- Associated Press - Tuesday, June 21, 2011

CAMP VERDE, ARIZ. (AP) - Jurors weighing the fate of a self-help author facing manslaughter charges in an Arizona sweat lodge ceremony that left three dead began deliberations Tuesday but adjourned for the night without reaching a verdict.

The jury is considering whether James Arthur Ray was aware of, and consciously disregarded, a substantial and unjustifiable risk of death in the October 2009 ceremony near Sedona. The eight male and four female jurors will resume deliberations Wednesday.

A conviction on all three manslaughter counts could send Ray to prison for more than 37 years. A lesser charge of negligent homicide would cut the maximum sentence to about 11 years. Ray would be eligible for probation under both charges.

The trial began more than three months ago and has included hundreds of exhibits and countless hours of testimony. Prosecutors called about three dozen witnesses, and the defense had two people testify to support its argument that toxins possibly contributed to the deaths of Liz Neuman, 49, of Prior Lake, Minn.; James Shore, 40, of Milwaukee; and Kirby Brown, 38, of Westtown, N.Y.

Ray’s attorneys contend authorities botched the investigation and improperly charged Ray with what amounted to a tragic accident.

Defense attorney Luis Li said prosecutors failed to follow up on mentions of toxins or poisons, and stressed that the medical examiners who performed the autopsies couldn’t rule out organophosphates, a chemical typically found in pesticides.

“The state has robbed each and every one of you of the truth, of the ability to determine what the actual truth was,” he told jurors in closing arguments last week.

The medical examiners who performed autopsies on the victims stuck to their conclusions that heat caused the deaths.

More than 50 people participated in the sweat lodge ceremony that was meant to be the highlight of Ray’s five-day “Spiritual Warrior” retreat.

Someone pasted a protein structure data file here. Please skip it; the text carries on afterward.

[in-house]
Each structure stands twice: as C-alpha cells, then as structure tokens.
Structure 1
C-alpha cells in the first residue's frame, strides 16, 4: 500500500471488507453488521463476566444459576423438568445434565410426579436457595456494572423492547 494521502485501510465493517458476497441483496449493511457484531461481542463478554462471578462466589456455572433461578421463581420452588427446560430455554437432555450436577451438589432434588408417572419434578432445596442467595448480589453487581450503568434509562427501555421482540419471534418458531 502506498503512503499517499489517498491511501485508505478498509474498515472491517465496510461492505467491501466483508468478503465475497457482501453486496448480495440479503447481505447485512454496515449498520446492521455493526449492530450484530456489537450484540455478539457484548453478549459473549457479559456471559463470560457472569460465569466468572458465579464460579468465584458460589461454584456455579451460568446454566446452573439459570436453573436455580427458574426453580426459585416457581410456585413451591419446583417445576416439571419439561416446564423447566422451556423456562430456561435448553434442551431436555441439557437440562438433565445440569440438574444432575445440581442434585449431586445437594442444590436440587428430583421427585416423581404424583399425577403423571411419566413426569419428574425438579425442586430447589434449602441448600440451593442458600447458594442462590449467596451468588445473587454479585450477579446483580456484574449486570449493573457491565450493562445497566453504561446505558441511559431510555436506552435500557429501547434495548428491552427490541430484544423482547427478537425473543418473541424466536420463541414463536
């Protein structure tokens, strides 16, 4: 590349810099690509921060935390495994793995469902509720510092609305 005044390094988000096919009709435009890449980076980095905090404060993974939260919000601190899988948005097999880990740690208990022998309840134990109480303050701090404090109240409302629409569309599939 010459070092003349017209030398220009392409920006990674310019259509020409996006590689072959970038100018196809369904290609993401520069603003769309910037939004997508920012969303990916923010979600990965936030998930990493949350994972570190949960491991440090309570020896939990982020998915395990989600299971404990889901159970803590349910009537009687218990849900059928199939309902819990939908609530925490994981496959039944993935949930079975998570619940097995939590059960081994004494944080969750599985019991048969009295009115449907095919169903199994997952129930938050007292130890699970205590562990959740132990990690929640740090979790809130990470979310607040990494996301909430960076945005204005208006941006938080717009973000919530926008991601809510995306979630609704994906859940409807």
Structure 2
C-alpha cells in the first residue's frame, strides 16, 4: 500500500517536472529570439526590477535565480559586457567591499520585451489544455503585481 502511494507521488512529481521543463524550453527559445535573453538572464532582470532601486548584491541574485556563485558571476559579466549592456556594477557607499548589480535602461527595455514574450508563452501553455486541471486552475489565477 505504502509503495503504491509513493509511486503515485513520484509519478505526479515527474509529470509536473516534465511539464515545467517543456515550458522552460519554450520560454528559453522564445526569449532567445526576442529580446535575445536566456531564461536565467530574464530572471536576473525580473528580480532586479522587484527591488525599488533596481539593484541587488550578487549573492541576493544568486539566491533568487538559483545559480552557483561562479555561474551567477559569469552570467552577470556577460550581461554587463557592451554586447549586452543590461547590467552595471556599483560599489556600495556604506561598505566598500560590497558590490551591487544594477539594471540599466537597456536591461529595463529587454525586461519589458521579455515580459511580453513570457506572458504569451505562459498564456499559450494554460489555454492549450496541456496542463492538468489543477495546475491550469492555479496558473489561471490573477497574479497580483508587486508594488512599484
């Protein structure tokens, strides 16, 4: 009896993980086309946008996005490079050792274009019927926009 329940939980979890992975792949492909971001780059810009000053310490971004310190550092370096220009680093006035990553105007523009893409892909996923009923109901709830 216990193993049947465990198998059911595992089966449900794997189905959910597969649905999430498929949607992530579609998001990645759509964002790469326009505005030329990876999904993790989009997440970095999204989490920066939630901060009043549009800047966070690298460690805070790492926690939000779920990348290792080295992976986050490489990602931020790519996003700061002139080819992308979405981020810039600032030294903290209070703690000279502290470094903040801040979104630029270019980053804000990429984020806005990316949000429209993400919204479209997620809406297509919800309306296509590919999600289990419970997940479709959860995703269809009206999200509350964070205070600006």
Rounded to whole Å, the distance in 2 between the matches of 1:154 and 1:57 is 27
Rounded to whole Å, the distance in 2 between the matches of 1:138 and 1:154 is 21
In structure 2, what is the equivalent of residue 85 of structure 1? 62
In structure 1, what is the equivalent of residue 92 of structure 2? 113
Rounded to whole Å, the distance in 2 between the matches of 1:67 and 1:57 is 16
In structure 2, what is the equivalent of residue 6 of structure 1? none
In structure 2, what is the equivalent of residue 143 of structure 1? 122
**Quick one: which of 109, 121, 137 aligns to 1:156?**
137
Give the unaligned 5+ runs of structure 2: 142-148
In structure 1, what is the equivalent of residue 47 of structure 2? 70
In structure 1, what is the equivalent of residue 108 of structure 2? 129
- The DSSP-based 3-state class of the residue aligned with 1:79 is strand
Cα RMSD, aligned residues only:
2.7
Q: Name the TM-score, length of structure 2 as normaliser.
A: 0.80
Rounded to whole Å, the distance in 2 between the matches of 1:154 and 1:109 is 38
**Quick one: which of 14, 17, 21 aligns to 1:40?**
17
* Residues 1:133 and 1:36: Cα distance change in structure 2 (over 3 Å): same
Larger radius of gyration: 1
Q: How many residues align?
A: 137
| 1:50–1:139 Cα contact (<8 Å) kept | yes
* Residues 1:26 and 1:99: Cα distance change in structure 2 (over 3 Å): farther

Sweat lodges are commonly used by American Indian tribes to cleanse the body. The ceremony involves heating stones outside the lodge and then placing them in a pit inside the lodge. The door is closed, and water is poured on the stones, producing heat aimed at releasing toxins from the body.

Polk contends Ray did nothing when some participants at the ceremony were vomiting, having trouble breathing, and being dragged out in front of him. He ignored pleas for help from participants who expressed concerns about Neuman and Brown’s breathing patterns, and he did not aid participants when chaos unfolded following the ceremony, Polk said.

Instead, Ray introduced more heated rocks and steam into the structure and stood back as others tended to the ill, she said.

“Are those the actions of a reasonable person in that situation, or are those the actions of a man who is criminally reckless?” Polk asked the jury Tuesday. “Death was not inevitable, and this was no accident.

Mr. Ray had many opportunities to change the course of his conduct, but he did not.”

Brown was looking for the perfect mate and wanted build her painting business, which would allow her to travel. She turned to Ray for guidance.

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